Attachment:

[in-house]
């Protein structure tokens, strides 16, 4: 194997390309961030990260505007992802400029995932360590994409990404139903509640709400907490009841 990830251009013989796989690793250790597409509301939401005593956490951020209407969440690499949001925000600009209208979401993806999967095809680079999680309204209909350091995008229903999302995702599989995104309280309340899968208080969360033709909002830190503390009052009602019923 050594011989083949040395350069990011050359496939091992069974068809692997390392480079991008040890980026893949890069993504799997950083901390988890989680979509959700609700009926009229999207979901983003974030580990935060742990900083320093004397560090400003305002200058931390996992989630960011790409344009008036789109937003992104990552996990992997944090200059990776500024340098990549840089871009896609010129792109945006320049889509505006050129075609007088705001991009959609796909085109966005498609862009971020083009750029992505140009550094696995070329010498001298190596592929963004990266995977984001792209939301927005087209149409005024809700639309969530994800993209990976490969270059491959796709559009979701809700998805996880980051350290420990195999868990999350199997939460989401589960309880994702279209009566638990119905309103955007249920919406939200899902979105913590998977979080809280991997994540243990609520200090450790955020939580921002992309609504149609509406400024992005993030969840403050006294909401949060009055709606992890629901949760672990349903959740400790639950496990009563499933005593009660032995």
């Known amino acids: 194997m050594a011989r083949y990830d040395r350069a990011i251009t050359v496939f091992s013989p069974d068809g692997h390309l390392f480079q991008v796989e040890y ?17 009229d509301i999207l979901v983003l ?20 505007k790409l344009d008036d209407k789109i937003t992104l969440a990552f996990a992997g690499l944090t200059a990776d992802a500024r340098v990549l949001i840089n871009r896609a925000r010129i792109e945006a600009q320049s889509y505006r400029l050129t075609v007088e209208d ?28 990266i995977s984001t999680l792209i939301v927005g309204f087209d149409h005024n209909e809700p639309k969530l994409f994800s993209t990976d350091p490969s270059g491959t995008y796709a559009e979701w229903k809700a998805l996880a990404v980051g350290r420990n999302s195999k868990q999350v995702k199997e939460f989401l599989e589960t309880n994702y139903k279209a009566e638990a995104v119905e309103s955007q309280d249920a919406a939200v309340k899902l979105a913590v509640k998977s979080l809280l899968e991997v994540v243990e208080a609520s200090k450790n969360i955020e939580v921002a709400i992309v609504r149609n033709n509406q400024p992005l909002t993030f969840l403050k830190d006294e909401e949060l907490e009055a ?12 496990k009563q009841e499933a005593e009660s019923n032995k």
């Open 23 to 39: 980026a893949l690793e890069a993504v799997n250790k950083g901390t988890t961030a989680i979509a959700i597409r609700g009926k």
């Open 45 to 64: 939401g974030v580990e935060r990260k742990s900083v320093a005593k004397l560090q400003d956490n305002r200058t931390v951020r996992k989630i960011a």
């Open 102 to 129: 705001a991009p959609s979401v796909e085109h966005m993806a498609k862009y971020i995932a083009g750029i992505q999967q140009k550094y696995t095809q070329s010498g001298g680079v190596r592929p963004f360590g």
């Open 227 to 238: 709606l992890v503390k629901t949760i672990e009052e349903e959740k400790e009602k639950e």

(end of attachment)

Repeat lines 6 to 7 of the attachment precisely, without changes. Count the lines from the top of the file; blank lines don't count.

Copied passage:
């Open 102 to 129: 705001a991009p959609s979401v796909e085109h966005m993806a498609k862009y971020i995932a083009g750029i992505q999967q140009k550094y696995t095809q070329s010498g001298g680079v190596r592929p963004f360590g």
């Open 227 to 238: 709606l992890v503390k629901t949760i672990e009052e349903e959740k400790e009602k639950e």